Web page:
Mason on a Pasque flower

Solitary Bees are Under Attack

Solitary bees face some of the same threats to their population as honey bees do. Parasites and disease can be a problem, as can the widespread use of toxic chemicals in the environment. Climate change is creating subtle shifts in breeding and bloom seasons that have far-reaching impacts. And loss of habitat is perhaps the single biggest threat to wild bee populations. Large expanses of ecologically barren grass lawns, urban sprawl and city planning that doesn’t prioritize green space all result in a loss of the floral biodiversity and suitable nesting sites critical to these essential insects’ survival.

Miner bee

How to Support Native Bee Populations

Whether you live in a rural or urban setting, there are simple steps you can take to support native bee populations.

  • Use caution and restraint with chemical fertilizers or pesticides. They are often unnecessary and toxic to beneficial insects.
  • Maintaining lawns is expensive and time-consuming. Consider converting turf areas to biodiverse landscapes that provide food for pollinators.
  • Wild gardening mimics nature, and nature can be untidy. Provide shelter and nesting materials withstanding snags, brush piles and natural, permeable mulch. Leave some soil bare to encourage ground-nesting bees.
  • Don’t forget water! A pie plate filled with stones provides a perch for insects to take a drink without falling in.
  • Plant a diversity of flowering plants, opting for species native to your area rather than hybrids or imports. Aim for variety in flower color, shape and bloom times. Bees love blue and white flowers, tubular blossoms and wide landing pads like those in the sunflower family.
  • Pay attention to the shoulder seasons, and choose plants that flower in early spring and late fall when other pollen sources are scarce.
  • Educate your urban planners! Rooftop gardens, pollinator-friendly roadside plantings and native landscaping in parks are all meaningful ways to support wild bees in the city.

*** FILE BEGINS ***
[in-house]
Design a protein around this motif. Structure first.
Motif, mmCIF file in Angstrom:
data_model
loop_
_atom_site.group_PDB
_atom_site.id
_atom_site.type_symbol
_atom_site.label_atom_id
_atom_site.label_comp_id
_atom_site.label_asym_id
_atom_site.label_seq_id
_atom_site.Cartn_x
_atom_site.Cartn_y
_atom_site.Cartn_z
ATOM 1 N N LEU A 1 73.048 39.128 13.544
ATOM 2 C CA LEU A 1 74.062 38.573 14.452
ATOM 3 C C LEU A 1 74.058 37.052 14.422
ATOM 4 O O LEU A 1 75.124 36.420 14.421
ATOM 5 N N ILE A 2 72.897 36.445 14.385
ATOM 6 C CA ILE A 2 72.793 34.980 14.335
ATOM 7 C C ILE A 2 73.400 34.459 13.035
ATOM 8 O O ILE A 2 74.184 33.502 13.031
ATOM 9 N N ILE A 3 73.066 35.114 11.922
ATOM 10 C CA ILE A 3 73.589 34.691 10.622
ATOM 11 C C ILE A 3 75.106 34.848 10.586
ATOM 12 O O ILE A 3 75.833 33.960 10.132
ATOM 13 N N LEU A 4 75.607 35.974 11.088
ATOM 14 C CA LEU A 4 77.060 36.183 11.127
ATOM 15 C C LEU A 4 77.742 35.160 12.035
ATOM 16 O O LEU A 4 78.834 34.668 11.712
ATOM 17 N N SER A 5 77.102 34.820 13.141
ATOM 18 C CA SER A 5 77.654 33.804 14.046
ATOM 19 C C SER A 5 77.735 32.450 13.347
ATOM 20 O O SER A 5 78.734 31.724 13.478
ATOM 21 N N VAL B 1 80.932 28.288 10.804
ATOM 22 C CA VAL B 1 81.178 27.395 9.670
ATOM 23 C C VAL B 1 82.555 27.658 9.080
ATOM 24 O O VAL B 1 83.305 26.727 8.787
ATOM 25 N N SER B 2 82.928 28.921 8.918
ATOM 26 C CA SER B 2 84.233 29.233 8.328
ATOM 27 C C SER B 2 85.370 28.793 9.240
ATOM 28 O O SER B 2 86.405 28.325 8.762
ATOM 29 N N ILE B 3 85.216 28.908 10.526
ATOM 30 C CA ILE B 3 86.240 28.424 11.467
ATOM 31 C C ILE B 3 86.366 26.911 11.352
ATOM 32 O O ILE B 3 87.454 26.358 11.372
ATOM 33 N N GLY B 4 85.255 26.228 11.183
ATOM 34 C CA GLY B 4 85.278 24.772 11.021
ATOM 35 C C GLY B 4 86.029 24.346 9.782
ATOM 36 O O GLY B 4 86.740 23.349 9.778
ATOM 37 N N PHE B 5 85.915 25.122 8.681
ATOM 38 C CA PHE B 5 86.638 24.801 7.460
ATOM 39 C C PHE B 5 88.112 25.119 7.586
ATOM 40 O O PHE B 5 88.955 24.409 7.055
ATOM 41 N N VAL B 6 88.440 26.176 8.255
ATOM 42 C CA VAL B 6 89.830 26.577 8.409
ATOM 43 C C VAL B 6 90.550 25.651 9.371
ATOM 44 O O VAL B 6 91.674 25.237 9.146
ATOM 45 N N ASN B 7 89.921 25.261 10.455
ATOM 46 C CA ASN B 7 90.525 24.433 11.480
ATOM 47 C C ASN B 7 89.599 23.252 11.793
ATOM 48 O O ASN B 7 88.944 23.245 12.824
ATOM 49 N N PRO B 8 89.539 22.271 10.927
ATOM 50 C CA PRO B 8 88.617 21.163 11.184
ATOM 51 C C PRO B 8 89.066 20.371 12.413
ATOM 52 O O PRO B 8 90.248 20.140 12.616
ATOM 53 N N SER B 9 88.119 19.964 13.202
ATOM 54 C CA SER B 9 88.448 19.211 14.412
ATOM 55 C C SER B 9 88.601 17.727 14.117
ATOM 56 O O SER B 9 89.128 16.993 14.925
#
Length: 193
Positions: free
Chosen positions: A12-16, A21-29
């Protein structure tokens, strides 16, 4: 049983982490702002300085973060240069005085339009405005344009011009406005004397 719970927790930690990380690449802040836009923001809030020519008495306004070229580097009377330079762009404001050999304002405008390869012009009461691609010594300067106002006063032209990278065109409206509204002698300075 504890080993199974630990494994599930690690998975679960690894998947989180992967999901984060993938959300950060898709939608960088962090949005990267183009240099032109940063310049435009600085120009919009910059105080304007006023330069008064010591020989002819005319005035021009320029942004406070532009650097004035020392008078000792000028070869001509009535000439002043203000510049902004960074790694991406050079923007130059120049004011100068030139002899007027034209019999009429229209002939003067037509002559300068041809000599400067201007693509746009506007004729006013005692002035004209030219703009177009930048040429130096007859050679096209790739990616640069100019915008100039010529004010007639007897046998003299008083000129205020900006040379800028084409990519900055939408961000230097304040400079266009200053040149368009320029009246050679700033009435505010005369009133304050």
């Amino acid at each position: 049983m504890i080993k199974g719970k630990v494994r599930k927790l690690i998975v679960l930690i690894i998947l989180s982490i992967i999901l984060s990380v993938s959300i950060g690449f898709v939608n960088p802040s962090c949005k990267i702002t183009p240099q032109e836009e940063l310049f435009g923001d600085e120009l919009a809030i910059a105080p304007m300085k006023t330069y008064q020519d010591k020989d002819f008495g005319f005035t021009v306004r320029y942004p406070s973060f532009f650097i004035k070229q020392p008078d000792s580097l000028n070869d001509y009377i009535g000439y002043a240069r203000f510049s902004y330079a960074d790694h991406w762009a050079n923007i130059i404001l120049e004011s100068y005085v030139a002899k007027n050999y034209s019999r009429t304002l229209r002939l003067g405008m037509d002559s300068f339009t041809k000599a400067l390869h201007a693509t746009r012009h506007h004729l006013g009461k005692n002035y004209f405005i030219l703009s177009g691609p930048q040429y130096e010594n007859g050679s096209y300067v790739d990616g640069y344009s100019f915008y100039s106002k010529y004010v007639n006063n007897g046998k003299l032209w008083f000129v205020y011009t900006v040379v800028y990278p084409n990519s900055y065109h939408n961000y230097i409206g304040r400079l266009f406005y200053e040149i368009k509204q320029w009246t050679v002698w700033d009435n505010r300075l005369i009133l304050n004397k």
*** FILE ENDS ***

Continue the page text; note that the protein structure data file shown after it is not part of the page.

The world of bees is wide and full of fascination. Resources like The Xerces Society and Pollinator Partnership provide many opportunities to learn more, and programs like The Great Sunflower Project and Insight Citizen Science let you get involved and contribute valuable data on these under-studied insects. Happy bees make a happy world, so keep learning!

Build Your Own Bee House

“Insect hotels” readily attract mason bees, leafcutters, and other cavity-nesting species, and are a fun way to observe solitary bees up close. Houses for bees may be elaborate or very simple; just remember these tips to create your own!

  • Provide tubes made from paper straws or hollow plant stems. Bamboo works great, but you’ll find hollow stems in a wide variety of garden perennials, especially plants in the carrot family. Tube diameter should be around 1/4-1/2″. Cut tubes to be at least 4″ in length, but not longer than 8″. This ensures females will lay enough of both male and female eggs to support the population next season.
  • Place tubes in a sturdy frame with a back on it. Instead of tubes, you can also choose to drill holes in a block of wood using a 3/8″ bit. Cedar is said to repel insects, but most other untreated scrap wood will work fine. Avoid toxic paints and varnishes and instead brush on mineral oil, which gives an excellent protective finish to tube frames and drilled blocks.
  • Hang your bee box facing east toward the rising sun, in a spot with some protection from heavy winds and rain. Cover the front with small-gauge chicken wire if woodpeckers are a problem; their long tongues can reach deep into the cavities where young bees are developing.
  • Native bees are adapted to your local climate, so there is no need to take your nesting box inside for the winter. To avoid buildup of pests or disease, replace old tubes and clean out drilled holes with a pipe cleaner dipped in a 5% bleach solution every couple of years.
  • Provide plenty of bee-friendly plants for forage, then sit back and enjoy watching your busy native bees at work!